Unicredit's approach to asset allocation and they way it constructs its portfolios is based on two principles. Firstly, the basic strategy depends on the results of its three-yearly actuarial reviews, which establish a clear picture of the position of its liabilities. Next, using the Markowitz model, which attempts to define the relationship between diversification, risk and correlation to make a portfolio efficient, it re-adjusts its allocations with the aim of generating excess returns to those needed to cover the liabilities for the coming three years.
Unicredit uses indices as benchmarks for each asset class when setting its asset allocation and these are valued only in local currency to eliminate exchange risk. It invests in a wide selection of traditional asset classes as well as some alternatives. The traditional investments include varied fixed income and equity portfolios. Fixed income assets comprise long euro government bonds; corporate bonds; money market instruments; UK gilts; emerging market government bonds; US government bonds; high-yield euro and high-yield US dollar bonds; high-yield global bonds, and convertible bonds. The equity investments cover emerging market equities; Japanese equities; European equities, and US equities. In addition to the alternative investments in hedge funds, private equity and real estate, Unicredit says it also now invests in commodities.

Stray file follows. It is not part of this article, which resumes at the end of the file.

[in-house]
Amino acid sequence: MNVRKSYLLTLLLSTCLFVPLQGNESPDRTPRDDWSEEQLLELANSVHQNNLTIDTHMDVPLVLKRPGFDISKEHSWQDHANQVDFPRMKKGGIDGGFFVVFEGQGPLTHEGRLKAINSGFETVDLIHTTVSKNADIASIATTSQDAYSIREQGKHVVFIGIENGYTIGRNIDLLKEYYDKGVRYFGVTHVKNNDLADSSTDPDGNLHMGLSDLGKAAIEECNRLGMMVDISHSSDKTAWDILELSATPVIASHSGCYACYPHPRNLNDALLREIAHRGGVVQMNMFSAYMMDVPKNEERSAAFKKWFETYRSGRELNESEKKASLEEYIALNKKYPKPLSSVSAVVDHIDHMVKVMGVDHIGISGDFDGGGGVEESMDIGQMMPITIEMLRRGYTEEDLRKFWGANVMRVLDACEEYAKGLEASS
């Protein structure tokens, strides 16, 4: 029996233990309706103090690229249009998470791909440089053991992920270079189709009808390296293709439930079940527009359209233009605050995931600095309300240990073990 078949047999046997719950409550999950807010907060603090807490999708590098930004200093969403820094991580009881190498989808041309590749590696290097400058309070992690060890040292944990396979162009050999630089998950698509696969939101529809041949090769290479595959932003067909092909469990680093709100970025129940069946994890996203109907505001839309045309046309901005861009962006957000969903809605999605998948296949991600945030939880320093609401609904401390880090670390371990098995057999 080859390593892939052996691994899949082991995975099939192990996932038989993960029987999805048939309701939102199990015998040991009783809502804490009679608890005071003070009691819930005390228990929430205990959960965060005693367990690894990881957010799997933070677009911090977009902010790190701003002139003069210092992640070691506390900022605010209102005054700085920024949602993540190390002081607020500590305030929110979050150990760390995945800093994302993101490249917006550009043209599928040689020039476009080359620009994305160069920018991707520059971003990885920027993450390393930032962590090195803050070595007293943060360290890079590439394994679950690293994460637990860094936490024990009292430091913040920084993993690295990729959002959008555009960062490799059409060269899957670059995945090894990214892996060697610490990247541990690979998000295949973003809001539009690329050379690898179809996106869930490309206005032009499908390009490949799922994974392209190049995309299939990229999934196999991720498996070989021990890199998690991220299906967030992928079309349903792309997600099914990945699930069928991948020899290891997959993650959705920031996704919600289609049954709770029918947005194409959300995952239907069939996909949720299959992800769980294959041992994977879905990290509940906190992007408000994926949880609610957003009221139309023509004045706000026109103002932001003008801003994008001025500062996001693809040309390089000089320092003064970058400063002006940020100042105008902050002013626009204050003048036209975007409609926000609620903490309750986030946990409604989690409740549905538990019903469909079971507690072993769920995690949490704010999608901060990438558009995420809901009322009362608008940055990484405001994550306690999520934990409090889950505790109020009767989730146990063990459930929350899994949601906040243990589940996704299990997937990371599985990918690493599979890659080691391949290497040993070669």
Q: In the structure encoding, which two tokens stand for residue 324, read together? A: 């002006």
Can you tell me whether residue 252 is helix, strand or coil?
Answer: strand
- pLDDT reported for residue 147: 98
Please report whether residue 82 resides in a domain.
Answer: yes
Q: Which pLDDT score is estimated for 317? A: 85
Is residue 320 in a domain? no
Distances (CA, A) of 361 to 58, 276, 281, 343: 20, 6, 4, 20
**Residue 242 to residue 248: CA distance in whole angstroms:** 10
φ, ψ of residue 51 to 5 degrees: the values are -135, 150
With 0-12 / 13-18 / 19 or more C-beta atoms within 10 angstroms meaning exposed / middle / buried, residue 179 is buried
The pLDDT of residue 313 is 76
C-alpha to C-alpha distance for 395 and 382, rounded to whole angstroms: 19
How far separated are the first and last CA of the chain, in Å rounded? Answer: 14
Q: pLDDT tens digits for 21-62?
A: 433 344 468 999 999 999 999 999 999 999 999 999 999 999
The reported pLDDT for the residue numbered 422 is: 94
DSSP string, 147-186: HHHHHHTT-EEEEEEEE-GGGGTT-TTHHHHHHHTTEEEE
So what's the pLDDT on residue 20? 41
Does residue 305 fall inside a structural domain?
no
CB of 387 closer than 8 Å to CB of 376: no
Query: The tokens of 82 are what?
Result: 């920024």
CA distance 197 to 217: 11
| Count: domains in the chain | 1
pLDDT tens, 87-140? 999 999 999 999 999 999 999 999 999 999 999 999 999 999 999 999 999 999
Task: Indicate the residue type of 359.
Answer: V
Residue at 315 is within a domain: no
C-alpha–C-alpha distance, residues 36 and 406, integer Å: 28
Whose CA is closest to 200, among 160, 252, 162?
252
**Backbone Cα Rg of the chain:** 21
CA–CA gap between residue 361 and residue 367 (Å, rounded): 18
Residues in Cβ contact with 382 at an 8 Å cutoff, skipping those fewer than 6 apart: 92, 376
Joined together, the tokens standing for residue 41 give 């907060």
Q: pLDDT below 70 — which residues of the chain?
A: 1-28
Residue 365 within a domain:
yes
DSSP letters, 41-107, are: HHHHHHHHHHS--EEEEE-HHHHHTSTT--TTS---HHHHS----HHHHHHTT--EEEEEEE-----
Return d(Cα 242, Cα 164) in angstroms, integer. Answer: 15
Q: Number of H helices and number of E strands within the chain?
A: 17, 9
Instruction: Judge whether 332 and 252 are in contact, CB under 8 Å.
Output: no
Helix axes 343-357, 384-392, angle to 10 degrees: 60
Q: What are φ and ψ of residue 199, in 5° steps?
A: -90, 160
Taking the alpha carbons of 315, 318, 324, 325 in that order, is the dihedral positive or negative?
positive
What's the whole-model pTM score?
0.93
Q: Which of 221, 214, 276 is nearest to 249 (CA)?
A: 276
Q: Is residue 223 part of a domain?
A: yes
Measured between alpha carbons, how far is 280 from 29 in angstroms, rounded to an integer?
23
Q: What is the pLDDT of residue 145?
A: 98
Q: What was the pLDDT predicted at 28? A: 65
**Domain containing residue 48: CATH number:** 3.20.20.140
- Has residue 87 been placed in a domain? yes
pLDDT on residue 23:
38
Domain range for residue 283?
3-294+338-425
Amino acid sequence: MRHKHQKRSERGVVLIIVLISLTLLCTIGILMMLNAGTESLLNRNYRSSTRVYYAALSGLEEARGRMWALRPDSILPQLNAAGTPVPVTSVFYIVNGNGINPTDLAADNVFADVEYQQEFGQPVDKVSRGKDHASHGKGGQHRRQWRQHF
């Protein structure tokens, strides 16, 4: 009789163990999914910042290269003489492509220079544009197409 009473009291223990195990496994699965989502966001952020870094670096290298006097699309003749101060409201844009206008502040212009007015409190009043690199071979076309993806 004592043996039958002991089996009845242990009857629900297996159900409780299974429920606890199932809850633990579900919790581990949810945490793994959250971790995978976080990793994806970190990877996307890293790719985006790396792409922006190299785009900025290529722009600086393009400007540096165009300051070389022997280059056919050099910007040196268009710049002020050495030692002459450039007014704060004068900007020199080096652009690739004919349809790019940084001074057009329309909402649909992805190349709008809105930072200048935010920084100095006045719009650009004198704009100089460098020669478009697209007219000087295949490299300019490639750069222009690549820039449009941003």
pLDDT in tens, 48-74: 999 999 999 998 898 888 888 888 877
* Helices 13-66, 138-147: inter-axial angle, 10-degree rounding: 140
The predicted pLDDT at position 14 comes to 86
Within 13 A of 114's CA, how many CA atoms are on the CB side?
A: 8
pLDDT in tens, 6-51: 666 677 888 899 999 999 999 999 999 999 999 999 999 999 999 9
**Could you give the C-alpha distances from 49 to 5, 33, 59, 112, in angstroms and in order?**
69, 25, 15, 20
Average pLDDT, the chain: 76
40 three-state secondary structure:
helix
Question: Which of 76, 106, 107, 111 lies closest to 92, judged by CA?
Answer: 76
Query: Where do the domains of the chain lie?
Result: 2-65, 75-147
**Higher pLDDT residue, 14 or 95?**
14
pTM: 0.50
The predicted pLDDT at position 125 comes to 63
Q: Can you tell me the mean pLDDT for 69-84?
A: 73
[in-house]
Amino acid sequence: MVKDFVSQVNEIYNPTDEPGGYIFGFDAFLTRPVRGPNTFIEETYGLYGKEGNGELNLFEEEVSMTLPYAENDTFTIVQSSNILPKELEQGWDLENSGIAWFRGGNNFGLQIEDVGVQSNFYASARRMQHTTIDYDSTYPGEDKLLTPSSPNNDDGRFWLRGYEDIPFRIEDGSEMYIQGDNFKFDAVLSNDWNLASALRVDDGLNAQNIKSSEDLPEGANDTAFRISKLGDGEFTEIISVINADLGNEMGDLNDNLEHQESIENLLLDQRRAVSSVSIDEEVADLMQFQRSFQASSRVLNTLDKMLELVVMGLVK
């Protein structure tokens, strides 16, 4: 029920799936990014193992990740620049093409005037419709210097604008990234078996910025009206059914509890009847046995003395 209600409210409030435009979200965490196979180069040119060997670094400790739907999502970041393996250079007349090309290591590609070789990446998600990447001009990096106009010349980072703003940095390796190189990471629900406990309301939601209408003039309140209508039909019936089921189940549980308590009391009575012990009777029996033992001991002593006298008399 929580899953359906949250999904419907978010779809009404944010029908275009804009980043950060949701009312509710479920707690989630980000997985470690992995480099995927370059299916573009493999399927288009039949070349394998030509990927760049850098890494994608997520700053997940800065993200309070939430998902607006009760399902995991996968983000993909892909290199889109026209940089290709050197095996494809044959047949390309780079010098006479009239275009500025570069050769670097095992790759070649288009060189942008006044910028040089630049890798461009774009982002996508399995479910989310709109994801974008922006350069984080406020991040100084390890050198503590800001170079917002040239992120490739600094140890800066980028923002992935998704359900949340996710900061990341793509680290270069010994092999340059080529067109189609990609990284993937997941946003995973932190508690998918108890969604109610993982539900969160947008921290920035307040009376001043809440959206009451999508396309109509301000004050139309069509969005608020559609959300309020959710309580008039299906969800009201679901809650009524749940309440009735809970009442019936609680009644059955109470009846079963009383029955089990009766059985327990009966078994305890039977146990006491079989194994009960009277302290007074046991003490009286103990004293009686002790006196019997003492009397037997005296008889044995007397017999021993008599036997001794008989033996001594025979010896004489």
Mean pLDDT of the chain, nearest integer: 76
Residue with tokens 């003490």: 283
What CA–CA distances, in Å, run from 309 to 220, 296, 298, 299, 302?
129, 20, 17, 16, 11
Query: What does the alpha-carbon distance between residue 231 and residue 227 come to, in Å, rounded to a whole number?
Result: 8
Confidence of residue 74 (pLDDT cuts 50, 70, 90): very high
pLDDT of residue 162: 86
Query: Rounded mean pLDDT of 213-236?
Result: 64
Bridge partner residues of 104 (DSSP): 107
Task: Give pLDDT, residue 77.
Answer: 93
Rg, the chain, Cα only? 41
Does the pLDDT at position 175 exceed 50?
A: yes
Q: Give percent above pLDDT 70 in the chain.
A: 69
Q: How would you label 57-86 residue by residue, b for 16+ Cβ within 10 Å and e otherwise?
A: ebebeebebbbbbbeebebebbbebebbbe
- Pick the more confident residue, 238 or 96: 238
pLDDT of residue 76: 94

Unicredit says its asset allocation strategy is revised tactically each year in line with the investment committee's view of the how the markets are moving. This depends on various factors. Firstly, the scheme makes use of three forecasting models looking at equities, bonds and foreign exchange which it uses to predict how the markets might develop. Next, it considers the asset managers' views about their respective markets. Finally, it processes all the information and analyses how any trends are likely to impact the basic asset allocation strategy. This, it says, allows it to determine the asset allocation tactically from year to year.
Unicredit doesn't pay mere lip service to the claim. The investment committee meets once a month to fine-tune the tactical allocation.
Of course there is little point having a well-structured and efficient allocation strategy if you don't have good asset managers to implement it for you. Unicredit takes a close look at the market and chooses what it considers to be the best products to invest in before targeting the best managers for that product class.
Selecting managers for the traditional assets portfolio depends on their performance vis-à-vis indices and benchmarks. Unicredit says basic appropriate quantitative measurements are used to help it draw up short lists. Monthly reports are then generated by a specially developed internal software application that constantly monitors manager performance.
For short-listed managers, Unicredit takes a closer at their performance records to ascertain how well they have performed against their benchmark. Next, the scheme meets with them to assess whether their investment strategy is compatible with the fund's proposed asset allocation strategy.